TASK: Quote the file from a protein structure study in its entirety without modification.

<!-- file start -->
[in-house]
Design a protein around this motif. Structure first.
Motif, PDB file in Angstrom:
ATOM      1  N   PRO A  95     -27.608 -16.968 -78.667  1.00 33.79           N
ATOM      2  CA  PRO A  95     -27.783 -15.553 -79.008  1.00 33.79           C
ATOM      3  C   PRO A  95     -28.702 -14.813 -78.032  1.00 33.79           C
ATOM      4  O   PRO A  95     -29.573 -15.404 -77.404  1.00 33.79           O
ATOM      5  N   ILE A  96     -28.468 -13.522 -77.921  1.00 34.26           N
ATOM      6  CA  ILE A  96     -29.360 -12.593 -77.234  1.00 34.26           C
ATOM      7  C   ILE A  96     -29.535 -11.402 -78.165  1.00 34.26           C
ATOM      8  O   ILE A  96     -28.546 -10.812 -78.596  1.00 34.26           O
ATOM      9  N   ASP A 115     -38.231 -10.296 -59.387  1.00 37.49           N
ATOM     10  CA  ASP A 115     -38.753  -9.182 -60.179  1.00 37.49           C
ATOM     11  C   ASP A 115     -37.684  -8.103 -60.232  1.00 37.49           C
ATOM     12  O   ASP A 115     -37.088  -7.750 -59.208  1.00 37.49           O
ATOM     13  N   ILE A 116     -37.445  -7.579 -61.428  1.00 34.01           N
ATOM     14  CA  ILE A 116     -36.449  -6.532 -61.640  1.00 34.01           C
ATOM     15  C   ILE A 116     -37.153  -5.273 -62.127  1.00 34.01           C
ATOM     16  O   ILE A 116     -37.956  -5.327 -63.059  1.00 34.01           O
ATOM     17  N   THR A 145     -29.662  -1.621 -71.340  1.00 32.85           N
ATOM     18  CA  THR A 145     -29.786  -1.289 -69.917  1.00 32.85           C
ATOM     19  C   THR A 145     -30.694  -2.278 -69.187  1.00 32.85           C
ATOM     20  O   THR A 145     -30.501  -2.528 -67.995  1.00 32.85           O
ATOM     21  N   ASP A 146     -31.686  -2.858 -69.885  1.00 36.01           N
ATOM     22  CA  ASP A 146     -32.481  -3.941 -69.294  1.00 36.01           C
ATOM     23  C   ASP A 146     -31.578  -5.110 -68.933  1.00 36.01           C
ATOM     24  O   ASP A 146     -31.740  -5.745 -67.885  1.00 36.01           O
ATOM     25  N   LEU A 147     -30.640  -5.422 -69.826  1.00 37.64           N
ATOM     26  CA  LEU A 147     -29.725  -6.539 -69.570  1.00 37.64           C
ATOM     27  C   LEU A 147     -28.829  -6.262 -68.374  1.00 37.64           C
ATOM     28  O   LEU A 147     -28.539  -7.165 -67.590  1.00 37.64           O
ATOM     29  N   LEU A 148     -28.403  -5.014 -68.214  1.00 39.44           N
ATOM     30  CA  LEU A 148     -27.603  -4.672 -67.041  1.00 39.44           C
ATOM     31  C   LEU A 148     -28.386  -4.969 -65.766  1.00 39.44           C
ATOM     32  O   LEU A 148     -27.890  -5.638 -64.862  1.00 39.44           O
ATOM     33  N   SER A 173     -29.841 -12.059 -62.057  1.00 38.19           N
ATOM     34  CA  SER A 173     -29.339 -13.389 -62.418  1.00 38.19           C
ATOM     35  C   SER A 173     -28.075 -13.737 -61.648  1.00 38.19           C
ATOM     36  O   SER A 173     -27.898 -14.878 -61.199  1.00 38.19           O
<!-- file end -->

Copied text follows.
[in-house]
Design a protein around this motif. Structure first.
Motif, PDB file in Angstrom:
ATOM      1  N   PRO A  95     -27.608 -16.968 -78.667  1.00 33.79           N
ATOM      2  CA  PRO A  95     -27.783 -15.553 -79.008  1.00 33.79           C
ATOM      3  C   PRO A  95     -28.702 -14.813 -78.032  1.00 33.79           C
ATOM      4  O   PRO A  95     -29.573 -15.404 -77.404  1.00 33.79           O
ATOM      5  N   ILE A  96     -28.468 -13.522 -77.921  1.00 34.26           N
ATOM      6  CA  ILE A  96     -29.360 -12.593 -77.234  1.00 34.26           C
ATOM      7  C   ILE A  96     -29.535 -11.402 -78.165  1.00 34.26           C
ATOM      8  O   ILE A  96     -28.546 -10.812 -78.596  1.00 34.26           O
ATOM      9  N   ASP A 115     -38.231 -10.296 -59.387  1.00 37.49           N
ATOM     10  CA  ASP A 115     -38.753  -9.182 -60.179  1.00 37.49           C
ATOM     11  C   ASP A 115     -37.684  -8.103 -60.232  1.00 37.49           C
ATOM     12  O   ASP A 115     -37.088  -7.750 -59.208  1.00 37.49           O
ATOM     13  N   ILE A 116     -37.445  -7.579 -61.428  1.00 34.01           N
ATOM     14  CA  ILE A 116     -36.449  -6.532 -61.640  1.00 34.01           C
ATOM     15  C   ILE A 116     -37.153  -5.273 -62.127  1.00 34.01           C
ATOM     16  O   ILE A 116     -37.956  -5.327 -63.059  1.00 34.01           O
ATOM     17  N   THR A 145     -29.662  -1.621 -71.340  1.00 32.85           N
ATOM     18  CA  THR A 145     -29.786  -1.289 -69.917  1.00 32.85           C
ATOM     19  C   THR A 145     -30.694  -2.278 -69.187  1.00 32.85           C
ATOM     20  O   THR A 145     -30.501  -2.528 -67.995  1.00 32.85           O
ATOM     21  N   ASP A 146     -31.686  -2.858 -69.885  1.00 36.01           N
ATOM     22  CA  ASP A 146     -32.481  -3.941 -69.294  1.00 36.01           C
ATOM     23  C   ASP A 146     -31.578  -5.110 -68.933  1.00 36.01           C
ATOM     24  O   ASP A 146     -31.740  -5.745 -67.885  1.00 36.01           O
ATOM     25  N   LEU A 147     -30.640  -5.422 -69.826  1.00 37.64           N
ATOM     26  CA  LEU A 147     -29.725  -6.539 -69.570  1.00 37.64           C
ATOM     27  C   LEU A 147     -28.829  -6.262 -68.374  1.00 37.64           C
ATOM     28  O   LEU A 147     -28.539  -7.165 -67.590  1.00 37.64           O
ATOM     29  N   LEU A 148     -28.403  -5.014 -68.214  1.00 39.44           N
ATOM     30  CA  LEU A 148     -27.603  -4.672 -67.041  1.00 39.44           C
ATOM     31  C   LEU A 148     -28.386  -4.969 -65.766  1.00 39.44           C
ATOM     32  O   LEU A 148     -27.890  -5.638 -64.862  1.00 39.44           O
ATOM     33  N   SER A 173     -29.841 -12.059 -62.057  1.00 38.19           N
ATOM     34  CA  SER A 173     -29.339 -13.389 -62.418  1.00 38.19           C
ATOM     35  C   SER A 173     -28.075 -13.737 -61.648  1.00 38.19           C
ATOM     36  O   SER A 173     -27.898 -14.878 -61.199  1.00 38.19           O